ance of the ground a few hundred yards to the south of where we had slept, but still at the foot of the cliff. The ground was worn away, it might be by water, it might be by some heavy mass being dragged along it.
It had a curious air of something like regularity, which suggested, and yet which need not suggest, art or design. We saw, however, at once, that it was the termination of a sort of hole in the cliff, apparently coming from above.
As this hole proved to be quite large enough for three or four men to stand up in it abreast, and as the ascent of it seemed not impracticable, we began to think of trying to ascend it.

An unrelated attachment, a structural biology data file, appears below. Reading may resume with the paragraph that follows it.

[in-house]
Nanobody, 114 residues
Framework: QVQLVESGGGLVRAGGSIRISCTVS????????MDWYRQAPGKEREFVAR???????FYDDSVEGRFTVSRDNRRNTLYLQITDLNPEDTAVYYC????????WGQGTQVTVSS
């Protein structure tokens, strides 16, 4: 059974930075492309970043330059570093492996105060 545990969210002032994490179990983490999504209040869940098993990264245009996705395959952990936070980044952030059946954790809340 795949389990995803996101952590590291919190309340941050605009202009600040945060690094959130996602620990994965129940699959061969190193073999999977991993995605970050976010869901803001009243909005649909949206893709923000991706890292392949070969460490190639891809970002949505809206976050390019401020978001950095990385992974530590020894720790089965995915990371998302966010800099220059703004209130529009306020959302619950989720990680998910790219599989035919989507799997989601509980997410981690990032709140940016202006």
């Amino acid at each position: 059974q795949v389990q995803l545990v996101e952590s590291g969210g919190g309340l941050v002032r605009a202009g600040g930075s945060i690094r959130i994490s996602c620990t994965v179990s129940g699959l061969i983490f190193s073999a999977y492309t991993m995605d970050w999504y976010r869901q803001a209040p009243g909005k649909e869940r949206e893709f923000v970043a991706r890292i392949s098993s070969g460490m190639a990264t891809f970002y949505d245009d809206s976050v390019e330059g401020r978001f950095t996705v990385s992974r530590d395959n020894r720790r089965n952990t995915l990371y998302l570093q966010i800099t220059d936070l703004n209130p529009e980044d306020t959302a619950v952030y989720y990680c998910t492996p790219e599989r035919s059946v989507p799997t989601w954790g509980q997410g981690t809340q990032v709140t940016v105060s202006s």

Jack thought that it might lead us to the top more easily than the surface of the hill. Certainly no part of the cliff, as far as we had seen, seemed at all practicable, but I saw no reason to suspect that we should find a readier passage upward here. Still I agreed with Jack that we might as well try it. I insisted, however, that only one of us should go up, and that the other should await either his return or some signal from the top, if that were possible.
We agreed finally to cast lots to see who should stay behind, and the lot fell upon Jack. I immediately began the ascent, and found it very much easier than